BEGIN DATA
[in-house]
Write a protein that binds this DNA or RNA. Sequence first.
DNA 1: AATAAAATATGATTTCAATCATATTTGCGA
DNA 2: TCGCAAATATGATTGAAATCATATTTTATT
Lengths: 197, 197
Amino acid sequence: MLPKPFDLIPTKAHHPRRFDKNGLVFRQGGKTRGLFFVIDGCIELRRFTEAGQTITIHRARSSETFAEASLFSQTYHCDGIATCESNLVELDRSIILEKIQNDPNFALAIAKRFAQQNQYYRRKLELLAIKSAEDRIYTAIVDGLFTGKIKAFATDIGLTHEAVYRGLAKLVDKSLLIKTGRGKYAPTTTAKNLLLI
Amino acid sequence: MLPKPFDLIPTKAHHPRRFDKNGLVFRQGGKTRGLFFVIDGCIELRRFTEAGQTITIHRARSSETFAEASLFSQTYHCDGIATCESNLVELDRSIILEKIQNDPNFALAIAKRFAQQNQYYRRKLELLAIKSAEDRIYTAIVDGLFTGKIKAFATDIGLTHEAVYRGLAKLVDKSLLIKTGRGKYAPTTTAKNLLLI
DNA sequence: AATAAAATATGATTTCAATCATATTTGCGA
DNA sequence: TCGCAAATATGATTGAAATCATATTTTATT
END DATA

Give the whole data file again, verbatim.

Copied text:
[in-house]
Write a protein that binds this DNA or RNA. Sequence first.
DNA 1: AATAAAATATGATTTCAATCATATTTGCGA
DNA 2: TCGCAAATATGATTGAAATCATATTTTATT
Lengths: 197, 197
Amino acid sequence: MLPKPFDLIPTKAHHPRRFDKNGLVFRQGGKTRGLFFVIDGCIELRRFTEAGQTITIHRARSSETFAEASLFSQTYHCDGIATCESNLVELDRSIILEKIQNDPNFALAIAKRFAQQNQYYRRKLELLAIKSAEDRIYTAIVDGLFTGKIKAFATDIGLTHEAVYRGLAKLVDKSLLIKTGRGKYAPTTTAKNLLLI
Amino acid sequence: MLPKPFDLIPTKAHHPRRFDKNGLVFRQGGKTRGLFFVIDGCIELRRFTEAGQTITIHRARSSETFAEASLFSQTYHCDGIATCESNLVELDRSIILEKIQNDPNFALAIAKRFAQQNQYYRRKLELLAIKSAEDRIYTAIVDGLFTGKIKAFATDIGLTHEAVYRGLAKLVDKSLLIKTGRGKYAPTTTAKNLLLI
DNA sequence: AATAAAATATGATTTCAATCATATTTGCGA
DNA sequence: TCGCAAATATGATTGAAATCATATTTTATT